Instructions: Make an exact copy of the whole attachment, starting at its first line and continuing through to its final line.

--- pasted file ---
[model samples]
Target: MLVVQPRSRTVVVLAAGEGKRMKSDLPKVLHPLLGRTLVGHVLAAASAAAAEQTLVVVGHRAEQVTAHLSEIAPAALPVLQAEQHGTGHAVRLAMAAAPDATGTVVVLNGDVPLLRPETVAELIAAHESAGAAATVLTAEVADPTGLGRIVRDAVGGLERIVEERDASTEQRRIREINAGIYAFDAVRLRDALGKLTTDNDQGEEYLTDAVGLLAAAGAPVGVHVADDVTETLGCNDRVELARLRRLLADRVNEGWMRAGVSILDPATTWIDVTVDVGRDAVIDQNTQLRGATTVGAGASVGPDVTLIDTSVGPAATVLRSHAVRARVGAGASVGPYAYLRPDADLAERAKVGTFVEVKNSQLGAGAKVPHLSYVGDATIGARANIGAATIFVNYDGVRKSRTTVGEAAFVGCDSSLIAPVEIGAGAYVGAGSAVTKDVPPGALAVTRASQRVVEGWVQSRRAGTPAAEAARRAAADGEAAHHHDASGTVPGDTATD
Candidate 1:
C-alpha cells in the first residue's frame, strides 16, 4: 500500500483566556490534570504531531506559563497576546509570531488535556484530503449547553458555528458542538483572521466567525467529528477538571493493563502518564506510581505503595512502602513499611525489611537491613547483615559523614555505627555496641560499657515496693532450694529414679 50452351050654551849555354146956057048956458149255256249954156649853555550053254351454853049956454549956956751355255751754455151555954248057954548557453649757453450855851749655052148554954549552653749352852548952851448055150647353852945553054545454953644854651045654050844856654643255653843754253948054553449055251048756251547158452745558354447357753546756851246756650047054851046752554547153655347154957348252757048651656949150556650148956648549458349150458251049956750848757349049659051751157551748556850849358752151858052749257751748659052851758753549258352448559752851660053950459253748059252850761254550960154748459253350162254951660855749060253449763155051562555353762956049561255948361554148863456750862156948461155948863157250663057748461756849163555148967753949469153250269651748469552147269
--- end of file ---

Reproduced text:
[model samples]
Target: MLVVQPRSRTVVVLAAGEGKRMKSDLPKVLHPLLGRTLVGHVLAAASAAAAEQTLVVVGHRAEQVTAHLSEIAPAALPVLQAEQHGTGHAVRLAMAAAPDATGTVVVLNGDVPLLRPETVAELIAAHESAGAAATVLTAEVADPTGLGRIVRDAVGGLERIVEERDASTEQRRIREINAGIYAFDAVRLRDALGKLTTDNDQGEEYLTDAVGLLAAAGAPVGVHVADDVTETLGCNDRVELARLRRLLADRVNEGWMRAGVSILDPATTWIDVTVDVGRDAVIDQNTQLRGATTVGAGASVGPDVTLIDTSVGPAATVLRSHAVRARVGAGASVGPYAYLRPDADLAERAKVGTFVEVKNSQLGAGAKVPHLSYVGDATIGARANIGAATIFVNYDGVRKSRTTVGEAAFVGCDSSLIAPVEIGAGAYVGAGSAVTKDVPPGALAVTRASQRVVEGWVQSRRAGTPAAEAARRAAADGEAAHHHDASGTVPGDTATD
Candidate 1:
C-alpha cells in the first residue's frame, strides 16, 4: 500500500483566556490534570504531531506559563497576546509570531488535556484530503449547553458555528458542538483572521466567525467529528477538571493493563502518564506510581505503595512502602513499611525489611537491613547483615559523614555505627555496641560499657515496693532450694529414679 50452351050654551849555354146956057048956458149255256249954156649853555550053254351454853049956454549956956751355255751754455151555954248057954548557453649757453450855851749655052148554954549552653749352852548952851448055150647353852945553054545454953644854651045654050844856654643255653843754253948054553449055251048756251547158452745558354447357753546756851246756650047054851046752554547153655347154957348252757048651656949150556650148956648549458349150458251049956750848757349049659051751157551748556850849358752151858052749257751748659052851758753549258352448559752851660053950459253748059252850761254550960154748459253350162254951660855749060253449763155051562555353762956049561255948361554148863456750862156948461155948863157250663057748461756849163555148967753949469153250269651748469552147269